- On That Guy with the Glasses, The Rap Critic rated Lupe Fiasco's song "Bitch Bad" a 6 out of 5, and then explains: "Yeah, I can go over the limits of my own rating system—if I can have a zero, I can have a six!" (This actually wasn't the first song he had given a rating of 6.)
- On Atop the Fourth Wall, Linkara lists the "Top 15 Worst Comics I've Ever Reviewed." However, before he begins, he notes that Holy Terror, of course, is the worst comic he's reviewed, so he's taking that off the list just so that the #1 spot will be a surprise. Technically, this makes the list "Top 15 Worst Comics I've Ever Reviewed, Other than Holy Terror," but that wasn't as catchy.
- Seanbaby gave the Challenge of the Super Friends version of The Riddler a –1. He gave Aquaman a 1. He did explain the logic behind it: Riddler is as useless as an ordinary human being would be against the Superfriends, and then makes it worse by giving away the Legion of Doom’s plans in his puzzles. He’s actually a 2 for the heroes’ side subtracted from his basic 1, making The Riddler, “as useless as an ordinary human being”, a better hero than Aquaman.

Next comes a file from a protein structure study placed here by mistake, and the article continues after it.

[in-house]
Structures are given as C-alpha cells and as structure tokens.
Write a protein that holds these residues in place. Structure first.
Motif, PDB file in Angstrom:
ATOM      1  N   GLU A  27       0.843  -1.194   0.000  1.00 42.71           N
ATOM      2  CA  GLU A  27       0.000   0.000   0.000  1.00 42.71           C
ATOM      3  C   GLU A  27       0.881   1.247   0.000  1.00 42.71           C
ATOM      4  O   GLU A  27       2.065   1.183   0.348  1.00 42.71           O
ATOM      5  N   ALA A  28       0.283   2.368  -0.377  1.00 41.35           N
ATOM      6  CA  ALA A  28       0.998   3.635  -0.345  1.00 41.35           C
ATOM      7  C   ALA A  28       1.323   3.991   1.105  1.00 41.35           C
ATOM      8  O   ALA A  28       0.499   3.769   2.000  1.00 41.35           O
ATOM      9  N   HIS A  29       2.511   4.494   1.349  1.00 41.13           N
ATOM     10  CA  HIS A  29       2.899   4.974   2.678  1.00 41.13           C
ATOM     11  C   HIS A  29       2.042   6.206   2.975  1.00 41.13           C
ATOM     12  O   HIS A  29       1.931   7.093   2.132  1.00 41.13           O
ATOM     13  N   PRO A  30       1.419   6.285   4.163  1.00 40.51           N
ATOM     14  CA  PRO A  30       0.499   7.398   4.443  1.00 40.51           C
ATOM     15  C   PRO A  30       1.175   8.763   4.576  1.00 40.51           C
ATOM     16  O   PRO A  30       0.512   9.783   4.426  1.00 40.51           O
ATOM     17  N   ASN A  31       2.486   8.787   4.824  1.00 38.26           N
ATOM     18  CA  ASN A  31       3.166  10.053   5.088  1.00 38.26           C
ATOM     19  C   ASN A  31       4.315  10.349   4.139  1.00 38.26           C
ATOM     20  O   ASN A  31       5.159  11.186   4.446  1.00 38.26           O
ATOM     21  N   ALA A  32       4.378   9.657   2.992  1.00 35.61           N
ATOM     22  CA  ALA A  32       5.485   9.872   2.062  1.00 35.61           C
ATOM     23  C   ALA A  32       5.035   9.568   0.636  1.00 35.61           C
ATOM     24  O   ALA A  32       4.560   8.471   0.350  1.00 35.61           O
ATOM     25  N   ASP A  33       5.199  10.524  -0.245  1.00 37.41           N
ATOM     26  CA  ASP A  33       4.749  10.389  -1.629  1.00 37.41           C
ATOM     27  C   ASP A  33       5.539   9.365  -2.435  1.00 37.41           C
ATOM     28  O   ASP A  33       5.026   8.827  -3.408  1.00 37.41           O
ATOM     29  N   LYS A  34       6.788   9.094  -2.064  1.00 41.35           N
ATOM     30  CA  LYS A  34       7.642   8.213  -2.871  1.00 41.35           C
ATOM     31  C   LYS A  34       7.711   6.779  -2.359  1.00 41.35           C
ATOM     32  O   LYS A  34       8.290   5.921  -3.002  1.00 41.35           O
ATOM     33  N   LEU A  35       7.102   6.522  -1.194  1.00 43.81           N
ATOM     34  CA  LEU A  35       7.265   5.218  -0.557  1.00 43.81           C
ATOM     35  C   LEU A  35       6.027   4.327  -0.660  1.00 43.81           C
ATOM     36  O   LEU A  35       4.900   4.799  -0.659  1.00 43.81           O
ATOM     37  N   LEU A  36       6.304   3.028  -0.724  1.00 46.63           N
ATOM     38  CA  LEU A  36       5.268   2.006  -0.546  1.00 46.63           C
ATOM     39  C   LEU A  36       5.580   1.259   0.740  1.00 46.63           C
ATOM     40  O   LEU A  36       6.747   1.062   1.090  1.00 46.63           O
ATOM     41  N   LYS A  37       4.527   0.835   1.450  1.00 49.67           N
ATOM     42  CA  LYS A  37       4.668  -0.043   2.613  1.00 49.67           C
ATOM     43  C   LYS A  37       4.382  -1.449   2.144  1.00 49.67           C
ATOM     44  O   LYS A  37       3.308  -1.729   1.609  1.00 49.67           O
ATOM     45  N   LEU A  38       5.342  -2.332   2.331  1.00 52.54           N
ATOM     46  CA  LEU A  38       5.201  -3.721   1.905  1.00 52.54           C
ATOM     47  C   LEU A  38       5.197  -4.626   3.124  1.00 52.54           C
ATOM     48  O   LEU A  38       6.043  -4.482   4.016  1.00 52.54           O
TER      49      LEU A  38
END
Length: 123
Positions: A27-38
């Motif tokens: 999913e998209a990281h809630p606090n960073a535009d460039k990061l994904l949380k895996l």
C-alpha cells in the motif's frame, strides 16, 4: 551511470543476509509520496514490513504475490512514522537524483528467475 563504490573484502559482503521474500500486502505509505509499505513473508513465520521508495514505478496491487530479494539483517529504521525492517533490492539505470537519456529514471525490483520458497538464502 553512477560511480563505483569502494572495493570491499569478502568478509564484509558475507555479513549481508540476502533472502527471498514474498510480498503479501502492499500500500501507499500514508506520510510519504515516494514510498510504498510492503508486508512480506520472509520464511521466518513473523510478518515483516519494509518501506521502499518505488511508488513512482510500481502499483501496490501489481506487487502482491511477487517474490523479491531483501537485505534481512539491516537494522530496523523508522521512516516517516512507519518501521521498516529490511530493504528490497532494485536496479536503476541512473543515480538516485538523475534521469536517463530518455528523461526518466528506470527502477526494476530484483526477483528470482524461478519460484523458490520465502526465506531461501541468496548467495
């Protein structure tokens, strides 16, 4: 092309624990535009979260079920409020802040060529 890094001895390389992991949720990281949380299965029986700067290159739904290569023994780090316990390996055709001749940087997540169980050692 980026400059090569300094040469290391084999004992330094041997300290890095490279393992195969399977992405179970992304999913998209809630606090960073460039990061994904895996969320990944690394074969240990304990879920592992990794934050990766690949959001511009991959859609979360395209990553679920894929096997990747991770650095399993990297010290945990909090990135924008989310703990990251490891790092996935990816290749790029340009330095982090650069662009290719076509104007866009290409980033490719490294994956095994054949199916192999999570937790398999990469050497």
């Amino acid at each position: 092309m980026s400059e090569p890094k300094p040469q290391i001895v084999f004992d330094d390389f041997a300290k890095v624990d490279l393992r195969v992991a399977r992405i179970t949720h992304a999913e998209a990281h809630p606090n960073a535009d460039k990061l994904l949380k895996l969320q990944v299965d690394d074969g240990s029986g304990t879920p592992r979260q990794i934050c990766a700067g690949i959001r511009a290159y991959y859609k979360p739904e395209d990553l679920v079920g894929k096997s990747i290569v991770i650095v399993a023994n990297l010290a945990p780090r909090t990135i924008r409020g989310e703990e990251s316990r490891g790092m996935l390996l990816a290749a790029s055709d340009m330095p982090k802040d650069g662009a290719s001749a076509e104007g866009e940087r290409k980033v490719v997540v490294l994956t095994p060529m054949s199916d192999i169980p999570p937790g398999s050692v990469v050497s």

- In the Gravity Falls short "Mabel's Guide to Dating", Soos somehow scores a twelve out of five on Mabel's dating quiz.
Soos: My grandmother was right, I am the perfect man!
- At the 1976 Summer Olympics in Montreal, Romanian gymnast Nadia Comăneci obtained a perfect score of 10. While this had technically been possible the whole time, it was deemed impossible to do, so scoreboards could only reach up to 9.99. Her score was displayed as an abysmal 1.00. Whoops. And then, just for good measure, she proceeded to do it six more times. She left the entire gymnastics world gaping in awe as she turned the sport upside down and inside out, and then shook it just to see what came out. It’s still reeling from the aftershocks.